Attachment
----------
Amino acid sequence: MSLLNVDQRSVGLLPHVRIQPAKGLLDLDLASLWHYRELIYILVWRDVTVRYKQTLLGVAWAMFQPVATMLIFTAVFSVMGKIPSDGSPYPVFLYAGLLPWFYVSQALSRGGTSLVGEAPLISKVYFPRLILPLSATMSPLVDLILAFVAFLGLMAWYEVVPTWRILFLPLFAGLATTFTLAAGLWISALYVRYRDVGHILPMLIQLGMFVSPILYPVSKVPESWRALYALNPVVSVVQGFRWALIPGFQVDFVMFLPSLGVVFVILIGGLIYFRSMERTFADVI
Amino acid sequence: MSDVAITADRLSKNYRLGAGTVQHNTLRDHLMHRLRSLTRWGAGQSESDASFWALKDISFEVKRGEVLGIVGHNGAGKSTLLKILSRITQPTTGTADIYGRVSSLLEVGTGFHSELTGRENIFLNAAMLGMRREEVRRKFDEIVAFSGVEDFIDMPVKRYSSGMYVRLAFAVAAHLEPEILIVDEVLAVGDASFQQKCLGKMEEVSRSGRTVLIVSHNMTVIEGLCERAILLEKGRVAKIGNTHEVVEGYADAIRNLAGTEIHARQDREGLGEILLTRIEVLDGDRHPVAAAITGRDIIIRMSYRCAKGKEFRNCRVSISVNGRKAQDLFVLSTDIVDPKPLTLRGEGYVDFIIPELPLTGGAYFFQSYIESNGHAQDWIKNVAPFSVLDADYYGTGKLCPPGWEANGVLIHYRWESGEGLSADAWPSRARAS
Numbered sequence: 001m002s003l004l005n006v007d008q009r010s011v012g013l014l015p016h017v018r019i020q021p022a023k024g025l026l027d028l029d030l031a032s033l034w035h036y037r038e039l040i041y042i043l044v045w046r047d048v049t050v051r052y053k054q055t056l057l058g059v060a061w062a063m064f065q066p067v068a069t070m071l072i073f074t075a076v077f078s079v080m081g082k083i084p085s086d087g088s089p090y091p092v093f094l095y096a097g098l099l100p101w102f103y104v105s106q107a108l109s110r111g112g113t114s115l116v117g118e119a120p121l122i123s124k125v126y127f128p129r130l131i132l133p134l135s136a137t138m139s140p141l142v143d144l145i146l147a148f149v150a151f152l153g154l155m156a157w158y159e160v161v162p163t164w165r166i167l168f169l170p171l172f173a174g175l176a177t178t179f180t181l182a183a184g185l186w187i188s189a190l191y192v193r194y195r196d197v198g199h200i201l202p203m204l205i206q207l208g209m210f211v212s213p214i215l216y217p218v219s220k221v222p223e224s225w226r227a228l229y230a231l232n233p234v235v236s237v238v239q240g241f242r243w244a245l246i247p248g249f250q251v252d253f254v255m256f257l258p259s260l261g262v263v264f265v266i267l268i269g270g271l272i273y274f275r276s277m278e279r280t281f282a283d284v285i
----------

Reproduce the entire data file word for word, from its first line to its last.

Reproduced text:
Amino acid sequence: MSLLNVDQRSVGLLPHVRIQPAKGLLDLDLASLWHYRELIYILVWRDVTVRYKQTLLGVAWAMFQPVATMLIFTAVFSVMGKIPSDGSPYPVFLYAGLLPWFYVSQALSRGGTSLVGEAPLISKVYFPRLILPLSATMSPLVDLILAFVAFLGLMAWYEVVPTWRILFLPLFAGLATTFTLAAGLWISALYVRYRDVGHILPMLIQLGMFVSPILYPVSKVPESWRALYALNPVVSVVQGFRWALIPGFQVDFVMFLPSLGVVFVILIGGLIYFRSMERTFADVI
Amino acid sequence: MSDVAITADRLSKNYRLGAGTVQHNTLRDHLMHRLRSLTRWGAGQSESDASFWALKDISFEVKRGEVLGIVGHNGAGKSTLLKILSRITQPTTGTADIYGRVSSLLEVGTGFHSELTGRENIFLNAAMLGMRREEVRRKFDEIVAFSGVEDFIDMPVKRYSSGMYVRLAFAVAAHLEPEILIVDEVLAVGDASFQQKCLGKMEEVSRSGRTVLIVSHNMTVIEGLCERAILLEKGRVAKIGNTHEVVEGYADAIRNLAGTEIHARQDREGLGEILLTRIEVLDGDRHPVAAAITGRDIIIRMSYRCAKGKEFRNCRVSISVNGRKAQDLFVLSTDIVDPKPLTLRGEGYVDFIIPELPLTGGAYFFQSYIESNGHAQDWIKNVAPFSVLDADYYGTGKLCPPGWEANGVLIHYRWESGEGLSADAWPSRARAS
Numbered sequence: 001m002s003l004l005n006v007d008q009r010s011v012g013l014l015p016h017v018r019i020q021p022a023k024g025l026l027d028l029d030l031a032s033l034w035h036y037r038e039l040i041y042i043l044v045w046r047d048v049t050v051r052y053k054q055t056l057l058g059v060a061w062a063m064f065q066p067v068a069t070m071l072i073f074t075a076v077f078s079v080m081g082k083i084p085s086d087g088s089p090y091p092v093f094l095y096a097g098l099l100p101w102f103y104v105s106q107a108l109s110r111g112g113t114s115l116v117g118e119a120p121l122i123s124k125v126y127f128p129r130l131i132l133p134l135s136a137t138m139s140p141l142v143d144l145i146l147a148f149v150a151f152l153g154l155m156a157w158y159e160v161v162p163t164w165r166i167l168f169l170p171l172f173a174g175l176a177t178t179f180t181l182a183a184g185l186w187i188s189a190l191y192v193r194y195r196d197v198g199h200i201l202p203m204l205i206q207l208g209m210f211v212s213p214i215l216y217p218v219s220k221v222p223e224s225w226r227a228l229y230a231l232n233p234v235v236s237v238v239q240g241f242r243w244a245l246i247p248g249f250q251v252d253f254v255m256f257l258p259s260l261g262v263v264f265v266i267l268i269g270g271l272i273y274f275r276s277m278e279r280t281f282a283d284v285i